His long-awaited novel, Lincoln in the Bardo, was published in 2017. Colson Whitehead (2021 CT Forum alum), called it: “A luminous feat of generosity and humanism.” His most recent book, A Swim in a Pond in the Rain, offers a literary masterclass on what makes great stories work, how to become both a better writer and reader, and what they can tell us about how to live.
In 2017, Saunders won the Man Booker Prize for Lincoln in the Bardo. His collection, Tenth of December, was a finalist for the National Book Award, and winner of the 2014 Story Prize for short fiction, and the 2014 Folio Prize, which celebrates the best fiction of our time. Chair of the Judges for the Folio Prize, Lavinia Greenlaw, said:
“George Saunders’ stories are both artful and profound. Darkly playful, they take us to the edge of some of the most difficult questions of our time and force us to consider what lies behind and beyond them. His subject is the human self under ordinary and extraordinary pressure. His worlds are heightened versions of our own, full of inexorable confrontations from which we are not easily released. Unflinching, delightful, adventurous, compassionate, he is a true original whose work is absolutely of the moment. We have no doubt that these stories will prove only more essential in years to come.”
Tenth of December was also named one of the ten best books of the year by The New York Times Book Review, and the collection, and Saunders’ work, was highlighted in a New York Times Magazine cover story.
Saunders’ other collections include the bestselling Pastoralia, set against a warped, hilarious, and terrifyingly recognizable American landscape; CivilWarLand in Bad Decline, a Finalist for the PEN/Hemingway Award, and In Persuasion Nation, one of three finalists for the 2006 Story Prize for best short story collection of the year.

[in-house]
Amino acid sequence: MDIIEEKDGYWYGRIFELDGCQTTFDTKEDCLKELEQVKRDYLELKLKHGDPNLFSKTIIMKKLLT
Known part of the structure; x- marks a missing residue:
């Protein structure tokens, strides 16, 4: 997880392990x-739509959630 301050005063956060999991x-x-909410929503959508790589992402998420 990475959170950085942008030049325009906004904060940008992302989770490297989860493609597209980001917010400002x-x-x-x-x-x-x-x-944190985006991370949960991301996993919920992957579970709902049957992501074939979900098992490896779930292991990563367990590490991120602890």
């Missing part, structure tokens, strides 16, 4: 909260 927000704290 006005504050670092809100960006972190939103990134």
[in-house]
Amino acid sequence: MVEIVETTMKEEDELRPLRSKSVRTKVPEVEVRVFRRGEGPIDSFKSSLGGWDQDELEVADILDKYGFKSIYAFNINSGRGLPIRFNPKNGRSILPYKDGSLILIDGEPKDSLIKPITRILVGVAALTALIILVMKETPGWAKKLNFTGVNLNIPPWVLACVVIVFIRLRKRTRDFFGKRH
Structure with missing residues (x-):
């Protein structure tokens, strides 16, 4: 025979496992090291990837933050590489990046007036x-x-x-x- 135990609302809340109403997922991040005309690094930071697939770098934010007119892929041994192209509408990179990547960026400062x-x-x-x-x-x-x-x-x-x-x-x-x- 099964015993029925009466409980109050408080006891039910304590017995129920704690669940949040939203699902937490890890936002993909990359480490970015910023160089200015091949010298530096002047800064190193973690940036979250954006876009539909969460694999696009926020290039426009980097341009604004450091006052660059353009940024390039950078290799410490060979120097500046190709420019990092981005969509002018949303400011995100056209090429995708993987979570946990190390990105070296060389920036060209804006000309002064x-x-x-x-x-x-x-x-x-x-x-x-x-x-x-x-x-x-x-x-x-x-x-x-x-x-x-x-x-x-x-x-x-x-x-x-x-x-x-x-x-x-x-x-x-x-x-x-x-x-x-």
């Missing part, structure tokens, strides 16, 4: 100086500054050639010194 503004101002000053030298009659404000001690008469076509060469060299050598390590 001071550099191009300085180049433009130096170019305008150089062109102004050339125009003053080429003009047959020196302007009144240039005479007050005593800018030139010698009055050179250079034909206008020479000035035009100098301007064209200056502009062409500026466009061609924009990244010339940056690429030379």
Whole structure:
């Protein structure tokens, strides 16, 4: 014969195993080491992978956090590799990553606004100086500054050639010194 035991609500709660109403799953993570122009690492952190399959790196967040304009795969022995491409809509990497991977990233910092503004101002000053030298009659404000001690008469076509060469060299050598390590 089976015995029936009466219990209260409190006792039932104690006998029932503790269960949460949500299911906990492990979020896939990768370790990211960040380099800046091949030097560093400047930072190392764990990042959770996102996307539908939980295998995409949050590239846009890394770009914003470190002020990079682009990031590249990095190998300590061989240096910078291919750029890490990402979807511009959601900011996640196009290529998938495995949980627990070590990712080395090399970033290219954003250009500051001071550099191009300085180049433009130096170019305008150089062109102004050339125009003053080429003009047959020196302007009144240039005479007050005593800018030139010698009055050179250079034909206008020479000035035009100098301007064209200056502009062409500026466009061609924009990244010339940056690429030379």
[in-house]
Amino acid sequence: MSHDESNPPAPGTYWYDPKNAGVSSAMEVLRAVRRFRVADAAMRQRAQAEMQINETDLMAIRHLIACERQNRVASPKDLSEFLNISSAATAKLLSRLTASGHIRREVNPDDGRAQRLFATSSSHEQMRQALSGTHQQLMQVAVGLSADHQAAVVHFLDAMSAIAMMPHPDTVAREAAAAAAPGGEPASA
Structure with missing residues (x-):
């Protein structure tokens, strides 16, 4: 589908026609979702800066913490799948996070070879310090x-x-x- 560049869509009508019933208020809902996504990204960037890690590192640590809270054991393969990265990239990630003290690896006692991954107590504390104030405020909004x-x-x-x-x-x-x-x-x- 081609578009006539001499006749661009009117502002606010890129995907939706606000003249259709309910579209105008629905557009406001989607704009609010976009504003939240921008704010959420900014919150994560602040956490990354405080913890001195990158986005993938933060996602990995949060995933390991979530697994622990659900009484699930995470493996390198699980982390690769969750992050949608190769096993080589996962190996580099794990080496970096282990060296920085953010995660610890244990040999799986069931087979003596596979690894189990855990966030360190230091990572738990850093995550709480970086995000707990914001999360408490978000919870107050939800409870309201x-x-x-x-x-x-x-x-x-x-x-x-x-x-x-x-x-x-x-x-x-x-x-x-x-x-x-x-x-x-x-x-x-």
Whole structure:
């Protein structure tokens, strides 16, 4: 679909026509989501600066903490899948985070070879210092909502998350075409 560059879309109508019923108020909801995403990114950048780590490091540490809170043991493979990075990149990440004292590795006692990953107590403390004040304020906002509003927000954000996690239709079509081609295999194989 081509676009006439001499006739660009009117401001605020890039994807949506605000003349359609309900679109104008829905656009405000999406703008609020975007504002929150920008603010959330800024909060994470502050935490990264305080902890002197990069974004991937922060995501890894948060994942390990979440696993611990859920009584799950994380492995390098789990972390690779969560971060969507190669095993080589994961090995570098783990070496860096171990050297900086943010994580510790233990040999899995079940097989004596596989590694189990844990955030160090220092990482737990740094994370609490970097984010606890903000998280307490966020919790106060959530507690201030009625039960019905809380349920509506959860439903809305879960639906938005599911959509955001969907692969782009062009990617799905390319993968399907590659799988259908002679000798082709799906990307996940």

Saunders is also the author of the novella-length illustrated fable, The Brief and Frightening Reign of Phil, and New York Times bestselling children’s book, The Very Persistent Gappers of Frip, illustrated by Lane Smith. The Boston Globe lauds Saunders’ ability to “construct a story of absurdist satire, then locate within it a moment of searing humanity.”
Congratulations, by the Way is a book containing the funny yet uplifting graduation speech Saunders gave at Syracuse University, which went viral shortly after its delivery.
Saunders’ book of essays, The Braindead Megaphone, received critical acclaim and landed him spots on The Charlie Rose Show, Late Night with David Letterman, and The Colbert Report. Vanity Fair wrote of the book, “Saunders’s bitingly clever and compassionate essays are a Mark Twain-syle shot in the arm for Americans, an antidote to the dumbing down virus plaguing our country. Well, we live in hope.”
In 2006, he was awarded both a MacArthur Fellowship, for “bring[ing] to contemporary American fiction a sense of humor, pathos, and literary style all his own,” and a Guggenheim Fellowship. In 2013 TIME Magazine listed Saunders on its list of 100 Most Influential People in the World.
He teaches in the Creative Writing Program at Syracuse University.
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